Hickory police said in November they believed the girl was dead, after Elisa Baker led them to remains that were later confirmed as Zahra's. Prosecutor Gaither has challenged a TV report saying he had agreed to remove a first-degree murder charge and possible death penalty in exchange for Elisa Baker's help in finding Zahra's body.
Gaither has refused to say if any deal was signed but insisted in December that "if there is sufficient and credible evidence to prove that Elisa Baker was involved in the death of Zahra Baker, the state is under no obligation to limit charges."
Hickory Mayor Rudy Wright told The Charlotte Observer on Monday: "People have been waiting for this. This is going to stir up discussions. Some people will be satisfied. Some people will be unhappy. A lot of people wanted to see a first-degree murder charge. But there are a lot of things about this investigation we don't know."
Eddie Mitchell, who lived across the street from the Bakers and attended Monday's news conference, said he was disappointed that Elisa Baker wasn't charged with first-degree murder, which is punishable by life in prison or the death penalty.
"I want to see justice like everybody else does," Mitchell said. "What they did to this child, it's inhuman. It's a disgrace."
If convicted, Elisa Baker could serve from about eight years to more than 30 years. Elisa Baker has a minor criminal record of long-ago convictions for assault and worthless checks. In addition to murder and obstruction of justice charges, Elisa Baker - who has been married seven times - faces a current charge of bigamy, because police say she wasn't yet divorced when she married Adam Baker in Australia in 2009.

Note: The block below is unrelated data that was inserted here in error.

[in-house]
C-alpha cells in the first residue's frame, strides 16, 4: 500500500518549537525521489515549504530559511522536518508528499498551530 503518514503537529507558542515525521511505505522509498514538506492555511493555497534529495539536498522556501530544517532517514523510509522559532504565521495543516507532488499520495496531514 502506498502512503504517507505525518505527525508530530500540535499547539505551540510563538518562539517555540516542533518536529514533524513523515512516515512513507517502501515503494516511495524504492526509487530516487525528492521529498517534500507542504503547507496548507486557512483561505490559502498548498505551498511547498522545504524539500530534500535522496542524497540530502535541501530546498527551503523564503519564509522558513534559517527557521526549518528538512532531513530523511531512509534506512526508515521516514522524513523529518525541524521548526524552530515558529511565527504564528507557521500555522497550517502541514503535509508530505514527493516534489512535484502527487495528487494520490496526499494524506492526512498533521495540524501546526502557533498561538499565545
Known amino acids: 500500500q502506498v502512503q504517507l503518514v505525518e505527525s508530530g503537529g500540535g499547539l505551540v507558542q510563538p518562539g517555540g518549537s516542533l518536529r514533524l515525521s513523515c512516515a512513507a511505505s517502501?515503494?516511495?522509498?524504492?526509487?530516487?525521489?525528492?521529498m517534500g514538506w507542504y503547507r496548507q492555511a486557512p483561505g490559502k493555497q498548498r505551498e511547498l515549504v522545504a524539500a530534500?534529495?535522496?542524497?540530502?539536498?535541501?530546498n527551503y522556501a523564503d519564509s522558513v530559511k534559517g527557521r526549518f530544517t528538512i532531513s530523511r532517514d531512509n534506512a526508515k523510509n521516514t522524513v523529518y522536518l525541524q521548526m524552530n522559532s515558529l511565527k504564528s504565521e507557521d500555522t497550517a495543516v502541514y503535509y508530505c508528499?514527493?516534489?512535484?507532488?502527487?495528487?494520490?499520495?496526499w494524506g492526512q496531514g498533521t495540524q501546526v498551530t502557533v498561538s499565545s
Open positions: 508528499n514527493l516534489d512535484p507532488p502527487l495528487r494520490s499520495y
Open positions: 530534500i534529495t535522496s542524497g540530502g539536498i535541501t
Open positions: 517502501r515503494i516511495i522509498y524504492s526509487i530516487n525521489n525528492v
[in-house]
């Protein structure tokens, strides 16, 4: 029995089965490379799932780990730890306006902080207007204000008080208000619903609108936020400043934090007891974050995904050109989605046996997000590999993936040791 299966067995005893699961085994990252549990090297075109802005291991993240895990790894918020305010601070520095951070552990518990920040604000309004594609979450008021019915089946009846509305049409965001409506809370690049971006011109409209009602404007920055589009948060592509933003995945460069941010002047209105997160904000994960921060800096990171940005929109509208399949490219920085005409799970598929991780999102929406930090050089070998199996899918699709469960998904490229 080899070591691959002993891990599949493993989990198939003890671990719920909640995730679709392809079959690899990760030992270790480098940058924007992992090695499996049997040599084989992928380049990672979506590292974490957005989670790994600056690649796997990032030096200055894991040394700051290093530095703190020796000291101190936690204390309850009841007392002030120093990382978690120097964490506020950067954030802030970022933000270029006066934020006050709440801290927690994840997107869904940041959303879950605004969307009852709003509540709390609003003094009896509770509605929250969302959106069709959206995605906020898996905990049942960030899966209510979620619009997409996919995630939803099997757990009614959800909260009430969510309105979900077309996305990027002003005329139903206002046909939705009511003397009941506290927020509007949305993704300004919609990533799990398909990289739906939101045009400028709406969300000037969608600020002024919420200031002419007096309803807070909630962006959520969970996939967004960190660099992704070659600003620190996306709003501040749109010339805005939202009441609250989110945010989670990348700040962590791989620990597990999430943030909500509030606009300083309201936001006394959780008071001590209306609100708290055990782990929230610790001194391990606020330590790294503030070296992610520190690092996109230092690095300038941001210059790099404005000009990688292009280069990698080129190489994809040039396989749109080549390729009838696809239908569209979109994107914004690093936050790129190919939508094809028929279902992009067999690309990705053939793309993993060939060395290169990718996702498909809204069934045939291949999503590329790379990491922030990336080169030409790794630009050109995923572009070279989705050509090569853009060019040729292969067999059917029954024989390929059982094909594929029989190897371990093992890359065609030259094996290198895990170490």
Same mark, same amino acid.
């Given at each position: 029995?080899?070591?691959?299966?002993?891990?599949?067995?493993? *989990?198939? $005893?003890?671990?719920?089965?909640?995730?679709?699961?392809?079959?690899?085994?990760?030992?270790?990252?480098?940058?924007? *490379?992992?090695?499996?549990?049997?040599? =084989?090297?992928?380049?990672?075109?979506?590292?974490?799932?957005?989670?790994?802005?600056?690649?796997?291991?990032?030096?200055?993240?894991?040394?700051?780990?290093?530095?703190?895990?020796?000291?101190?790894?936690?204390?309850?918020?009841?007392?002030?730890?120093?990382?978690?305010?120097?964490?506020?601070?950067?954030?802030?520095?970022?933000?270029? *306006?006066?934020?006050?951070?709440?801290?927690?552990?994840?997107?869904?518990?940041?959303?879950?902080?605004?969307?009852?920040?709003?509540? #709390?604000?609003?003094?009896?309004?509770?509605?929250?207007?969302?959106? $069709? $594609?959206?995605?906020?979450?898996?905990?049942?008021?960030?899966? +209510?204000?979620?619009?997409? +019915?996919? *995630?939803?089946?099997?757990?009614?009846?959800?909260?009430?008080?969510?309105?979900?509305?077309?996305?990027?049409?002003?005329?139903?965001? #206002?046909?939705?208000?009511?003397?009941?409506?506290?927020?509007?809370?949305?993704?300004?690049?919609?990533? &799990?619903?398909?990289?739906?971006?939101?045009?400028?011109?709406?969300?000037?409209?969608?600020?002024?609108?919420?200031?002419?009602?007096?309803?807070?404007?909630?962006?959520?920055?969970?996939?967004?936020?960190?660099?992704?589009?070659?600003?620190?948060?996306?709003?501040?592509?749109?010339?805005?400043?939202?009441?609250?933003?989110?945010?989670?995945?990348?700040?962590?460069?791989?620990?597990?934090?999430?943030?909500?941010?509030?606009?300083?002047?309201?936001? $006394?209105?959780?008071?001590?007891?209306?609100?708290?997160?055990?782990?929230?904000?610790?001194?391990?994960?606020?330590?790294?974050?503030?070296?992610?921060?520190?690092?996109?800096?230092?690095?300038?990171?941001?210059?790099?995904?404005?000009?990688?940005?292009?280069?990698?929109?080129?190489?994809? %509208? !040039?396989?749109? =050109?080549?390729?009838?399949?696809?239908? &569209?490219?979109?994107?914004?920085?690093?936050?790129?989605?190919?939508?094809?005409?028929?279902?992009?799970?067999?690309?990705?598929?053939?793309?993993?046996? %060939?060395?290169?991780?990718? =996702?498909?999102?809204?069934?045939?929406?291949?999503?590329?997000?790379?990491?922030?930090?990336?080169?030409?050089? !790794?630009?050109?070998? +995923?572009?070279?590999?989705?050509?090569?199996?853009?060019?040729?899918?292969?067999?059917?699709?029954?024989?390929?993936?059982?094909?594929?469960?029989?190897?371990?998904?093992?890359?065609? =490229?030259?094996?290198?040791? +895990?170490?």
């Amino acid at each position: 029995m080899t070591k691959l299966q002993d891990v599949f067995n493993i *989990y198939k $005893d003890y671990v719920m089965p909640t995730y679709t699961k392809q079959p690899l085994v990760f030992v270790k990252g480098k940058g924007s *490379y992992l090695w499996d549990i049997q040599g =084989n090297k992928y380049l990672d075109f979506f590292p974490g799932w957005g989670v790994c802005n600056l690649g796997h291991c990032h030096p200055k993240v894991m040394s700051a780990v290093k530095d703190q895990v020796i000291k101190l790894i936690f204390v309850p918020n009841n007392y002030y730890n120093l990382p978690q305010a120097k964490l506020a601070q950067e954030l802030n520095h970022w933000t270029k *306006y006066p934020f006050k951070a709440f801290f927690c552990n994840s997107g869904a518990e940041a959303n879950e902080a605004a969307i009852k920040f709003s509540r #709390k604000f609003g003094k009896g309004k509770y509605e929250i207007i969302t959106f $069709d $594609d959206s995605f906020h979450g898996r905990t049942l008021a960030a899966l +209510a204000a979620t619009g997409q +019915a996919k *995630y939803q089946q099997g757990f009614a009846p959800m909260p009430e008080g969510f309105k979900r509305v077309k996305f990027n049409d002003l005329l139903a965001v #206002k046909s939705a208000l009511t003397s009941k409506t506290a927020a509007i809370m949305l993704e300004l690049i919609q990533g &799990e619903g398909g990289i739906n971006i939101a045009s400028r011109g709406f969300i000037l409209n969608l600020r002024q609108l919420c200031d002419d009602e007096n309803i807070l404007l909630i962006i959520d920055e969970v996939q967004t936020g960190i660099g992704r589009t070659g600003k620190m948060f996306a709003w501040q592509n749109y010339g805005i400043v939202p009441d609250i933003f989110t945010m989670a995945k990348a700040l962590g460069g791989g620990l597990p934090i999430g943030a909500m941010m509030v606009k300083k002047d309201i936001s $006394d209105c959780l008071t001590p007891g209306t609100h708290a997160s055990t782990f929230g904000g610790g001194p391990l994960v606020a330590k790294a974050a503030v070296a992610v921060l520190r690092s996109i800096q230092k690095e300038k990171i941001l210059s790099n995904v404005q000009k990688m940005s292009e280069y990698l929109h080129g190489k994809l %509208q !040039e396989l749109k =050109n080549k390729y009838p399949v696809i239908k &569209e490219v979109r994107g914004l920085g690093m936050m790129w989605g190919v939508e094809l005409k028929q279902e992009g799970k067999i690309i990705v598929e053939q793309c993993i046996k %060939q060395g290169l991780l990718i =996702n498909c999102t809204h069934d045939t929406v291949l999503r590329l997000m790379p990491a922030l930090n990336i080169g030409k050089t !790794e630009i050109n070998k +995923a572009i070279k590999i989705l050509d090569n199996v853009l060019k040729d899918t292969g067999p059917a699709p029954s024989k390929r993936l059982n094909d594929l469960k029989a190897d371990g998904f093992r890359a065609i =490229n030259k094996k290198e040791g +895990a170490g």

Social service agencies released some details about their investigation into reports that Zahra was being mistreated in the year before she died.
In all, Caldwell and Catawba social services officials say they received four complaints involving the Bakers and claiming improper discipline and maltreatment.
Two of the reports came just days apart - on Jan. 29, 2010 and Feb. 4, 2010.
All of the investigations ended the same way, with child protective workers finding "no evidence of maltreatment or child safety issues."
According to the agencies:
On Feb. 1, 2010, after receiving the Jan. 29 allegations of improper discipline, improper care and injurious environment, Caldwell County Social Services visited the Baker home and interviewed Zahra, Adam and Elisa Baker.
On Feb. 4, Caldwell received a second complaint making the same allegations. The case was combined with the earlier investigation and both were closed Feb. 23.
On May 28, 2010, Caldwell received allegations of improper discipline and care of Zahra. Family members were interviewed over the next month, and the case was closed June 23.
On July 12, Caldwell received another report of mistreatment but discovered the Bakers had moved to Catawba County, so the case was transferred. Catawba social services visited the Baker house in Hickory the next day - and twice more, on July 22 and Aug. 5. They interviewed the Bakers and others and closed the case Aug. 6.
Six weeks later, police say, Zahra was killed.
At Monday's news conference, Police Chief Adkins told reporters: "We will continue our investigation and follow every lead until the first day of trial... Over the last four months, many different theories of how and who is responsible for the death of Zahra have been made by anyone who has followed this case.
"Not every case is clear cut, and only the facts and evidence of the case can dictate who is charged and for what offenses. We concur with the decision made today by the Catawba County grand jury."